The Anti-Immigration Movement Goes Green

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Emboldened by the broad public support for Arizona’s harsh immigration law, anti-immigrant advocates are trying to drum up support from an unexpected source: socially conscious young liberals more concerned with fighting global warming than sealing off the southern border. According to the American Prospect, a new group called Progressives for Immigration Reform (PFIR) is trying to convince liberal environmentalists that reducing America’s carbon footprint means restricting immigration as well.

“PFIR, which launched in 2009, bills itself as an environmentalist group and argues that immigration ‘will only lead to more sprawl, more congestion, more pollution, and more degradation,’” the Prospect reports. On its website, the group has a video enlists a scruffy, hipster type to raise the alarm:

The argument isn’t new: John Tanton, the godfather of the anti-immigration movement, kicked off his efforts in the 1970s by presenting himself as an environmental conservationist who was “concerned about what an unstemmed tide of refugees will do to the nation’s resources,” according to one press account quoted by the story. Tanton helped launch a network of anti-immigration organizations that are now the core of the movement, including the Federation for American Immigration Reform (FAIR).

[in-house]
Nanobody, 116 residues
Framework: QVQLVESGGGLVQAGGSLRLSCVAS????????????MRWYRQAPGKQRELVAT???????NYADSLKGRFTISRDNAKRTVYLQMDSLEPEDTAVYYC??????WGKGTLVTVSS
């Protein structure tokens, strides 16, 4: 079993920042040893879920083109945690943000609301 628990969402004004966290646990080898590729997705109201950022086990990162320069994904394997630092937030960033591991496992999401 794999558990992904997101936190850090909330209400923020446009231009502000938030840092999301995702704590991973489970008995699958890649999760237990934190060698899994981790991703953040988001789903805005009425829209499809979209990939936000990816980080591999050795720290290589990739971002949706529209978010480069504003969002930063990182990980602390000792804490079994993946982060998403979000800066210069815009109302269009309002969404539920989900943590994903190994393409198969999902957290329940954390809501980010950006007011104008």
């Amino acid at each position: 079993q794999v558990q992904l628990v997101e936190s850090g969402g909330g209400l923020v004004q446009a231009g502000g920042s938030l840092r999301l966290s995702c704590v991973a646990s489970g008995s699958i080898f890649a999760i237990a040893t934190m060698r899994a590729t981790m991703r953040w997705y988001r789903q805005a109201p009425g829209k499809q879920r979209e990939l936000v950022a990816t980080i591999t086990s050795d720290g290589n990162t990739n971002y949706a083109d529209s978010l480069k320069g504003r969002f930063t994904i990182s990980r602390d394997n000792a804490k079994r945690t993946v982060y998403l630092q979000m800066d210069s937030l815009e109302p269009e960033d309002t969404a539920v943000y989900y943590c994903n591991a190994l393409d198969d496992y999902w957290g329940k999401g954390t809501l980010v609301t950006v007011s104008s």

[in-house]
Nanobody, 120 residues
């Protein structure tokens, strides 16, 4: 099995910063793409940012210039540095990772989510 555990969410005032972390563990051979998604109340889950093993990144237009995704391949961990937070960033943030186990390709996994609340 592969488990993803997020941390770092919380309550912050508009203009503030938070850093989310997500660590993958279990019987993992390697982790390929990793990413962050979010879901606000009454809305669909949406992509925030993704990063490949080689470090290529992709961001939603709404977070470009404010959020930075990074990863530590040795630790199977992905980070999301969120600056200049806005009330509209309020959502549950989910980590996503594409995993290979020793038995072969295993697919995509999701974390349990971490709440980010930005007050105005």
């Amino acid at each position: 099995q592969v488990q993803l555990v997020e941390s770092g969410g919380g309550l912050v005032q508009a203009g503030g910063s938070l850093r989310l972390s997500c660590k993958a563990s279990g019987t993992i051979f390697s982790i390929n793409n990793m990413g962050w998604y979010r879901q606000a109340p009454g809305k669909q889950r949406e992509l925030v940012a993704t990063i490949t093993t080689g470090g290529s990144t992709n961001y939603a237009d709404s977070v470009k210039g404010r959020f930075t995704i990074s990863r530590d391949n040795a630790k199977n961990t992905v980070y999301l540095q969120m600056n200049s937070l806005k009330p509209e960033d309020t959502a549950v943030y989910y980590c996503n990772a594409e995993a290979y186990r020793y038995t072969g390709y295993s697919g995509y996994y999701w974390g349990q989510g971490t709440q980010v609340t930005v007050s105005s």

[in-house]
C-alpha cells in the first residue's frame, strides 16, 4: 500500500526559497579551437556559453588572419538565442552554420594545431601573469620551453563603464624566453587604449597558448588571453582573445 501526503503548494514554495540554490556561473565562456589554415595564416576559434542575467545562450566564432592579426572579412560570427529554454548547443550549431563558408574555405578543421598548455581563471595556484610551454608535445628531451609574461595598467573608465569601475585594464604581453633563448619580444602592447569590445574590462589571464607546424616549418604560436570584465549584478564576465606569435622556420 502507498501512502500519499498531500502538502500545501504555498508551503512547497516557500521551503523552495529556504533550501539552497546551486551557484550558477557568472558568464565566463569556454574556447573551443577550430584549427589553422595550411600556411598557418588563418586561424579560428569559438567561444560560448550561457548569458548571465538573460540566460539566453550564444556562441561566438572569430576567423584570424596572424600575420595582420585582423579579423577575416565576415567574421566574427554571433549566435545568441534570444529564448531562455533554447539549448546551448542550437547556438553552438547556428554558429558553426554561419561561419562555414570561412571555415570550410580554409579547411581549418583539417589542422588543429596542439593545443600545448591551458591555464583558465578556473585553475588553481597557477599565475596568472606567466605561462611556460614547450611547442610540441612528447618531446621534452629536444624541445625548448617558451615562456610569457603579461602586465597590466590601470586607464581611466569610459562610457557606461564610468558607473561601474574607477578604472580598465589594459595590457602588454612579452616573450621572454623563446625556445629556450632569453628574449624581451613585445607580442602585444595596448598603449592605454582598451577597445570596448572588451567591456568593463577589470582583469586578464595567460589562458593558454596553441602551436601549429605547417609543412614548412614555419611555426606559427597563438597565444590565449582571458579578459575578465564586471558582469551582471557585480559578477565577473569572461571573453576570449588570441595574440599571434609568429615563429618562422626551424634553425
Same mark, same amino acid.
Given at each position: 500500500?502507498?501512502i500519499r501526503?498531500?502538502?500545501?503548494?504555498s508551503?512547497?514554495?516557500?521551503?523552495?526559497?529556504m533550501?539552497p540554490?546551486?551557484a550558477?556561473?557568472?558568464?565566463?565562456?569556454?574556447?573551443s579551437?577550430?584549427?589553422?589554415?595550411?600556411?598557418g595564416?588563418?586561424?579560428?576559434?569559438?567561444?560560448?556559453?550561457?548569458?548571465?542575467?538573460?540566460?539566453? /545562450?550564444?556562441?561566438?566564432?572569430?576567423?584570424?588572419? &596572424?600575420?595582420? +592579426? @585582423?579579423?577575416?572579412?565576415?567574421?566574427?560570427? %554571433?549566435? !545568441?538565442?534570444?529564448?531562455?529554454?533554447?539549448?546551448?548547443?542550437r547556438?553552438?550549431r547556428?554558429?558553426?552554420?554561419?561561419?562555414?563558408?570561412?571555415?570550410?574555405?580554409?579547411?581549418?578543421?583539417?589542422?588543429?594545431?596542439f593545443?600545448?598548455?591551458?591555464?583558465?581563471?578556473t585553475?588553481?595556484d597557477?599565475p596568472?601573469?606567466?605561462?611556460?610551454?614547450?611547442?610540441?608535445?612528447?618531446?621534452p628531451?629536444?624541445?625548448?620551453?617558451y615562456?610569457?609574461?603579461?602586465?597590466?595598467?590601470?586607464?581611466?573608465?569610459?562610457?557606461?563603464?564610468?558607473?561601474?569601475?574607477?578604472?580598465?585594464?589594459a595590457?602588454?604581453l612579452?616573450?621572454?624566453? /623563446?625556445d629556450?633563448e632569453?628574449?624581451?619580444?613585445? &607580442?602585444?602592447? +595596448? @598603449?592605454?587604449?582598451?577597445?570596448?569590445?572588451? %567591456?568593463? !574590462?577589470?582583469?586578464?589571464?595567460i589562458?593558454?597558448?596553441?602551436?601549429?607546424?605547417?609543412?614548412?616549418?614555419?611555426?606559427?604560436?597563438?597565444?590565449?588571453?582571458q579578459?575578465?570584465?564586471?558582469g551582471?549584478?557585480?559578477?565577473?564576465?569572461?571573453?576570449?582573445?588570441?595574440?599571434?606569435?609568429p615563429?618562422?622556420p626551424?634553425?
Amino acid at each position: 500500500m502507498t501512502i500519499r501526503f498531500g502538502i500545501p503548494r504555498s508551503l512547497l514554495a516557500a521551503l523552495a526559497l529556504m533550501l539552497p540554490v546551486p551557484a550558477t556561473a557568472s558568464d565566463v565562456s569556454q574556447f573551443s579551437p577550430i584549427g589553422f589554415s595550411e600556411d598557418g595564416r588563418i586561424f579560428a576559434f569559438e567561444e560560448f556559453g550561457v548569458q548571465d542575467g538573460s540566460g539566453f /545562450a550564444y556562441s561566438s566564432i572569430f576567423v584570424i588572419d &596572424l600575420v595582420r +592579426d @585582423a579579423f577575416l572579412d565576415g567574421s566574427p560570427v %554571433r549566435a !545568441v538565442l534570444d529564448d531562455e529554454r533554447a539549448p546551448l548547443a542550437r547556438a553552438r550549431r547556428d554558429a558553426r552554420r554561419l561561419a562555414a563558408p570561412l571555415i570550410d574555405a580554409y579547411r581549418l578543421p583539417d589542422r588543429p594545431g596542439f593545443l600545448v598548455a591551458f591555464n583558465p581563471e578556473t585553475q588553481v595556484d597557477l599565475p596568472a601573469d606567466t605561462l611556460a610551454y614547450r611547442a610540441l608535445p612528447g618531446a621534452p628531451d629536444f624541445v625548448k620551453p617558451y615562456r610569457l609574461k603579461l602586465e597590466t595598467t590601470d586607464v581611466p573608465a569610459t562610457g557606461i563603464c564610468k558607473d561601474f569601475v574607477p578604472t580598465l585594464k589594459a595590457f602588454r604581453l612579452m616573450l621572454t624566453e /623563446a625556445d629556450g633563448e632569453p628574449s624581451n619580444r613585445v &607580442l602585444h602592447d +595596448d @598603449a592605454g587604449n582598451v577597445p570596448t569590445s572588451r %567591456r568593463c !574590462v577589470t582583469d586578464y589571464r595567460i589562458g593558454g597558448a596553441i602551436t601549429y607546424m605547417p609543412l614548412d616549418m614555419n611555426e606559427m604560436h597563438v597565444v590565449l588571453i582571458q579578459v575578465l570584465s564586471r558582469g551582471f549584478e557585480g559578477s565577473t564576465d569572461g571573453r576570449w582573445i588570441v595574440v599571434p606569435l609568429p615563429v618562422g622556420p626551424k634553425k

But the environmental argument for immigration controls failed to gain much traction the first time: the links between overpopulation and immigration were tenuous, and anti-immigrant activsts found they got farther by presenting immigration as “an affront on American culture [that] contributes to rising crime rates, and steals jobs from American workers,” the Prospect writes.

PFIR is part of the same Tanton network—the head of the group is a former lawyer for FAIR, though PFIR tries to downplay such ties. And PFIR activists are facing the same hard sell this time around, as environmentalists have accused them of finding a convenient scapegoat for environmental hazards when immigrants actually tend to consume and drive less than the average American citizen.

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is the first thing despots go after. An unwavering commitment to it is probably what draws you to Mother Jones' journalism. And as we're seeing in the US and the world around, authoritarians seek to poison the discourse and the way we relate to each other because they can't stand people coming together around a shared sense of the truth—it's a huge threat to them.

Which is also a pretty great way to describe Mother Jones' mission: People coming together around the truth to hold power accountable.

And right now, we need to raise about $400,000 from our online readers over the next two months to hit our annual goal and make good on that mission. Read more about the information war we find ourselves in and how people-powered, independent reporting can and must rise to the challenge—and please support our team's truth-telling journalism with a donation if you can right now.

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